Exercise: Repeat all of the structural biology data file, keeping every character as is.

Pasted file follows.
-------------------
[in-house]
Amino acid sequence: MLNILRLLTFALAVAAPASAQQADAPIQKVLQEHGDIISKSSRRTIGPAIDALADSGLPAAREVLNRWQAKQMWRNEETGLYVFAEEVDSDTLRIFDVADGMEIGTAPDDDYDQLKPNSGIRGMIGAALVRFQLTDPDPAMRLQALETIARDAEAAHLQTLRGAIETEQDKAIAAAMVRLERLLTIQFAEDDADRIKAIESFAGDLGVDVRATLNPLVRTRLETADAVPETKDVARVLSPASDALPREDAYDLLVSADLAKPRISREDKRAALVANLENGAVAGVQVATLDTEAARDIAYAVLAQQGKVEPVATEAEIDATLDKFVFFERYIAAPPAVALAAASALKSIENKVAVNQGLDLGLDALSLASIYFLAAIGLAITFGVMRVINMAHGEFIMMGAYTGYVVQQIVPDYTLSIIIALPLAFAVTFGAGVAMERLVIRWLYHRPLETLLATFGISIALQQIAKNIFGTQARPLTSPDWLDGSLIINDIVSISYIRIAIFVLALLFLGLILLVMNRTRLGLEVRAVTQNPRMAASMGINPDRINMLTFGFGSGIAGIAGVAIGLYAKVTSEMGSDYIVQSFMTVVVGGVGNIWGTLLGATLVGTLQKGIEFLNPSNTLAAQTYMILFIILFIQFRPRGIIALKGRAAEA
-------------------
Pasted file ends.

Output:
[in-house]
Amino acid sequence: MLNILRLLTFALAVAAPASAQQADAPIQKVLQEHGDIISKSSRRTIGPAIDALADSGLPAAREVLNRWQAKQMWRNEETGLYVFAEEVDSDTLRIFDVADGMEIGTAPDDDYDQLKPNSGIRGMIGAALVRFQLTDPDPAMRLQALETIARDAEAAHLQTLRGAIETEQDKAIAAAMVRLERLLTIQFAEDDADRIKAIESFAGDLGVDVRATLNPLVRTRLETADAVPETKDVARVLSPASDALPREDAYDLLVSADLAKPRISREDKRAALVANLENGAVAGVQVATLDTEAARDIAYAVLAQQGKVEPVATEAEIDATLDKFVFFERYIAAPPAVALAAASALKSIENKVAVNQGLDLGLDALSLASIYFLAAIGLAITFGVMRVINMAHGEFIMMGAYTGYVVQQIVPDYTLSIIIALPLAFAVTFGAGVAMERLVIRWLYHRPLETLLATFGISIALQQIAKNIFGTQARPLTSPDWLDGSLIINDIVSISYIRIAIFVLALLFLGLILLVMNRTRLGLEVRAVTQNPRMAASMGINPDRINMLTFGFGSGIAGIAGVAIGLYAKVTSEMGSDYIVQSFMTVVVGGVGNIWGTLLGATLVGTLQKGIEFLNPSNTLAAQTYMILFIILFIQFRPRGIIALKGRAAEA